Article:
The work which pertained to this office, according to the creed of this sect, was to oversee and feed the church, to provide for the spiritual wants of the flock of God, to rule well, to keep things in order, and thus exercise a general oversight over the church, watching for the good of their souls, as they that must give account. And to them, or to their decisions and counsel, the members of the congregation were commanded to submit. (See Acts 20:28;1 Pet. 5:2;1 Thess. 5:12;1 Tim. 5:17; Heb. 13:7, 17.) [42]

      In every individual congregation belonging to the body of which we now speak, where the proper character could be found, they had a plurality of these bishops or overseers. 'Tis true, congregations existed for a time without such ordained rulers. Hence, Titus was left in Crete, to ordain elders in every city, which shows that there were churches in those cities, but there was something wanting; they lacked the proper overseer, and, therefore, Titus is left with them, for the purpose of supplying this lack, by ordaining elders in every city. The same fact appears in the fourteenth chapter of Acts. Here we have an account of a general tour made by Paul and Barnabas, on which tour they visited many congregations, and it is said: "When they had ordained them elders in every church, and had prayed with fasting, they commended them to the Lord, on whom they believed" (Acts 14:23). I have quoted this Scripture to show that churches existed for awhile, among the sect which was so generally spoken against, without elders, but it also proves that when the proper character could be found, they had a plurality of ordained elders in every church or individual congregation. Here we have the church in the singular, and the elders in the plural. The same form of expression is found in Acts 20:17: Paul "sent to Ephesus, and called the elders of the church"--"church," singular; "elders," plural. [43]

      Some of these official elders seem to have labored in word and doctrine, or preached the gospel publicly, while others did not. Hence, the apostle says: "Let the elders that rule we counted worthy of double honor, especially they who labor in word and doctrine" (1 Tim. 5:17). Those who thus labored seem to have been particularly regarded as the pastors of the church; hence, they were to have double honor. The word which is here rendered "honor" is timee, which occurs forty-one times in the New Testament, and is translated, in the Common Version, "precious," once; "sum," once; "honor," thirty-one times, and "price," eight times. Greenfield defines it: "A price, value, a price paid, money, honor; i. e., state of honor, dignity, honor conferred, token of respect, etc." Most commentators think it means "price" or "reward" in 1 Tim. 5:17. The reason why such elders were to have double pay was because they rendered double service; they spent much time, labor and means in their devotion to the church, and, therefore, it was but just that they should be well sustained in the work, that they might give themselves wholly to it.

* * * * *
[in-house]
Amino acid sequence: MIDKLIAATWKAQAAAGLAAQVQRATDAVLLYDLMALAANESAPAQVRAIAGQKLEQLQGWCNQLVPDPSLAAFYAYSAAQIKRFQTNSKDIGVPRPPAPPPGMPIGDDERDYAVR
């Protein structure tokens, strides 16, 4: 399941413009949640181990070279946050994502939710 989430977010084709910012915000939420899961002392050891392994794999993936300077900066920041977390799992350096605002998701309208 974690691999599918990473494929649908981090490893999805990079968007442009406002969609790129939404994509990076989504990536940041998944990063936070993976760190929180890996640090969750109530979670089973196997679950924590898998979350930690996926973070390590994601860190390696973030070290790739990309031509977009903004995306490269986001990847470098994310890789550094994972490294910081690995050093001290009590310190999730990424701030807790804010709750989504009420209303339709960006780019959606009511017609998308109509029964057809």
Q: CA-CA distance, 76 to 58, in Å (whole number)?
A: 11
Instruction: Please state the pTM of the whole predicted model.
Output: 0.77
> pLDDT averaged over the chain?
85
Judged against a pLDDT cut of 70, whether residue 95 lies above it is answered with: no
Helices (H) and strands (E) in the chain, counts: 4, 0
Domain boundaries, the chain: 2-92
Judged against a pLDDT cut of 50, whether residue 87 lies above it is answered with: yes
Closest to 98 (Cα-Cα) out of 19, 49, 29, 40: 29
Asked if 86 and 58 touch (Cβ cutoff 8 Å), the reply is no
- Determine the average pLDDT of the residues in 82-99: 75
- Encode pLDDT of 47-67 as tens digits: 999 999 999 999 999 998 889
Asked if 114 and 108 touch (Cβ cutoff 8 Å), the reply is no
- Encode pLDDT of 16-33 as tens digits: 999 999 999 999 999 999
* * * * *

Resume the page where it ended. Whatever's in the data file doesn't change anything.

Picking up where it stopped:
One other remark, in reference to these bishops. Their official power or work seems to have been confined to the individual congregation to which they belonged. We never read in their creed, or in their writings, of the bishop of the churches, but bishops of the church. (See Phil. 1:1.) Not one bishop to many churches, but many bishops to one church. Reader, don't begin to look behind the curtain, behind which we concealed all modern sects a short time ago. Let them remain out of view as much as possible, until we have completed our description of that ancient sect which is named in our text.

      (2) The deacons, in this religious body, seem to have had the charge of all the temporal affairs of the congregations. In every organized body composed of flesh and blood and breath, there must necessarily be financial concerns. So, in the church of which we speak. The places where the congregations assembled had to be lighted, warmed, and kept in order; this required money. Then, the poor were to be provided for, and the Lord's table was to be furnished. All this, and many other contingencies, required funds; and this required men whose special business it should be to take charge of and oversee these matters. Such men were appointed in that old body, and they are, by common consent, called deacons. The word translated "deacon," in the Common Version, is diakonos, which means "a minister; one who renders service to another; an attendant; servant" (Gre. Lex.). According to the "Englishman's Greek Concordance," this word occurs thirty times in the New Testament. It is translated, in the King's Version, "minister," twenty times; "servant" seven times, and "deacon," three times. But it is worthy of remark that they never applied this word to the bishops or elders of the church, notwithstanding they were servants of the church. Thus, it would seem that they intended, by this word, to express a particular class of servants. Such as served the church in reference to her temporal affairs were especially called deacons, though they may have also ministered the Word of life to the people. The first account we have of setting persons apart, to serve the church in this capacity, is recorded in Acts 6:2-6. These men were set apart, by prayer and the laying on of hands, to serve the congregation in raising, holding and distributing the funds which were raised for the support of the poor, and, especially, poor widows.